People with higher libidos are often more sexually “eager.” These folks tend to experience more spontaneous desire that appears out of the blue—and when it hits, they’re ready to go. They don’t necessarily need a warm-up period. This can potentially create an issue because they might push for too much too soon when they initiate sex, which can lead their partner to withdraw. Your partner might need a bit more time than you to feel aroused and for the responsive desire to kick in. And if they start to feel like they’re always being pushed to speed things up, that can create a very unhealthy relationship dynamic that may lead the lower desire partner to start withdrawing at the first sign that their partner seems to be expressing interest in sex. So, slow things down a bit—it’s not a race! Stop thinking of sexual initiation as necessarily meaning, “Let’s do this right now!” Sexual initiation is a process that can begin early in the evening, early in the day, or early in the week. The goal is to give your partner time and space for desire to set in. The key here is also understanding what it is that gets your partner going. Just as that self-understanding we mentioned above is important, it’s also as important to be in tune with what your partner needs in order to feel desire. In other words, consider your partner’s motivations for sex (e.g., do they need to feel safe? Loved? Desired? Something else?) and invest in meeting their needs.


Think About Solutions That Align With Your Sexual Motivations

The reality of resolving a sexual desire discrepancy is that some compromise will need to be reached on sexual frequency. The goal here isn’t about getting two people’s libidos to match perfectly—that’s unrealistic. Rather, it’s to figure out a workable solution. As the higher-desire partner, there’s going to be some amount of “excess” libido above and beyond the amount of sex your partner is comfortable with. So, what are you going to do with that in order to avoid feeling sexually frustrated or resentful? One solution is to take things into your own hands by engaging in more self-pleasure. As part of this, you might consider expanding your masturbatory horizons. You don’t have to masturbate in the same exact way every time—explore the countless possibilities! For example, this might involve trying some new sex toys, exploring different forms of erotica, or crafting a new fantasy. Think of self-pleasure as embarking on a new “choose your own adventure” scenario each time, as well as an opportunity to further explore your own body and sexuality. Another solution that can potentially work (although not for everyone) is to open the relationship in some way. This is something that can also take a lot of forms. The key is to carefully craft a relationship agreement that works for everyone. In thinking about solutions, revisit the sexual motivations exercise referenced earlier. What is it that you really need/want from sex, and what are some healthy ways for you to get those needs met, whether alone or with your partner?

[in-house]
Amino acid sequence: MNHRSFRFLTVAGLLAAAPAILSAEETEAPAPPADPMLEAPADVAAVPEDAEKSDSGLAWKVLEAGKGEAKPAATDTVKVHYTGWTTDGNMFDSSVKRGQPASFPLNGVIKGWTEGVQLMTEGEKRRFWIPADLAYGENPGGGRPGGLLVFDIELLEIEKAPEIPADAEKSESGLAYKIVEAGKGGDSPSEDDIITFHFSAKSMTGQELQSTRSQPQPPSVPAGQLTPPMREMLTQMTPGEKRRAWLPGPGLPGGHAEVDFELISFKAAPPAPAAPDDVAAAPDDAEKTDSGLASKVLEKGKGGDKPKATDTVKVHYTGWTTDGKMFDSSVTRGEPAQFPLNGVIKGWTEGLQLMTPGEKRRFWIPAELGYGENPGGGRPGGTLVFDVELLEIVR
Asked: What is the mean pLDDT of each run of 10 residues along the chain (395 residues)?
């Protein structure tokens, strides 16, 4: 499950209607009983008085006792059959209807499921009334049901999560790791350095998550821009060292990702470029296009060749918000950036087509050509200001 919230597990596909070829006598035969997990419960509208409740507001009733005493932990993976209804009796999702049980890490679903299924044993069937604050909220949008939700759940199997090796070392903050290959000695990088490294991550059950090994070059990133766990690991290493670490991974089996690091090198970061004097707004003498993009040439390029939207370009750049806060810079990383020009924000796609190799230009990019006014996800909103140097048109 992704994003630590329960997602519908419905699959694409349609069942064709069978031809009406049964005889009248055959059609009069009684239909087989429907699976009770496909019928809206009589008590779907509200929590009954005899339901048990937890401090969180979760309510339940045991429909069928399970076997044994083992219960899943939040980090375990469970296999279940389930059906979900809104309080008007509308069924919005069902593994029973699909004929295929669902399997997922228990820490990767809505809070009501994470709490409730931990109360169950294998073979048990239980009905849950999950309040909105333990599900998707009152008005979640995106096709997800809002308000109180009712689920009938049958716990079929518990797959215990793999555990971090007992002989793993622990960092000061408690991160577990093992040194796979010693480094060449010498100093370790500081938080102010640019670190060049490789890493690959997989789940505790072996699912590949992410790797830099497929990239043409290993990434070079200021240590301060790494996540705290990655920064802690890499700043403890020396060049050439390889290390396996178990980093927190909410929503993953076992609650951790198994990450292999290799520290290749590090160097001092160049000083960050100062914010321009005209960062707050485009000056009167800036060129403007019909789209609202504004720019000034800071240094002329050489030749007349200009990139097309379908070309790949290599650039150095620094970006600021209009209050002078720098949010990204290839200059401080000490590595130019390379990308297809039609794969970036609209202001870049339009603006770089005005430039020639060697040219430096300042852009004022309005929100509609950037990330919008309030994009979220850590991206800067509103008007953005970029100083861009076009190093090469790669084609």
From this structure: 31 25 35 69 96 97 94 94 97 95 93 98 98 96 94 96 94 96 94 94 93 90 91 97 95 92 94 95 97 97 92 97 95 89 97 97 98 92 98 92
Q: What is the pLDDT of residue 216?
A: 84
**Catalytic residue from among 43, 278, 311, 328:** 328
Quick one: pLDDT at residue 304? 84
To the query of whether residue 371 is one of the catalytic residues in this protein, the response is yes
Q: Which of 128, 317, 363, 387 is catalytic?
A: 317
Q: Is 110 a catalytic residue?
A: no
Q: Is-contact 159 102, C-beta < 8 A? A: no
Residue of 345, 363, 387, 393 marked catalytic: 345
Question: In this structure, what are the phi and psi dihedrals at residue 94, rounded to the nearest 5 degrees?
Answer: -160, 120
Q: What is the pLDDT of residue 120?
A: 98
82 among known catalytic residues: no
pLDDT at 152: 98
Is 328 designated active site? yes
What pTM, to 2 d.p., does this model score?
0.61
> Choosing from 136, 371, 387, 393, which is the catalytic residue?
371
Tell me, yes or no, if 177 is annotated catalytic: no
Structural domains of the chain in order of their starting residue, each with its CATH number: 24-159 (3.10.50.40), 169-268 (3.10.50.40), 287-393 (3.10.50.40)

If you find yourself consistently wanting more sex than your partner and this is creating issues in your relationship, you’re definitely not alone. This is amongst the most common sexual concerns. Fortunately, however, there are many steps you can take to bridge desire discrepancies in healthy and productive ways. It all starts with shedding sexual shame, reassessing your motivations for sex, slowing down sexual initiation and being supportive of your partner’s needs, and thinking about concrete solutions that align with your sexual motivations.


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Meston, C. M., & Buss, D. M. (2007). Why humans have sex. Archives of sexual behavior, 36, 477-507.

Herbenick, D., Mullinax, M., & Mark, K. (2014). Sexual desire discrepancy as a feature, not a bug, of long‐term relationships: Women’s self‐reported strategies for modulating sexual desire. The Journal of Sexual Medicine, 11(9), 2196-2206.

Vowels, L. M., & Mark, K. P. (2020). Strategies for mitigating sexual desire discrepancy in relationships. Archives of Sexual Behavior, 49(3), 1017-1028.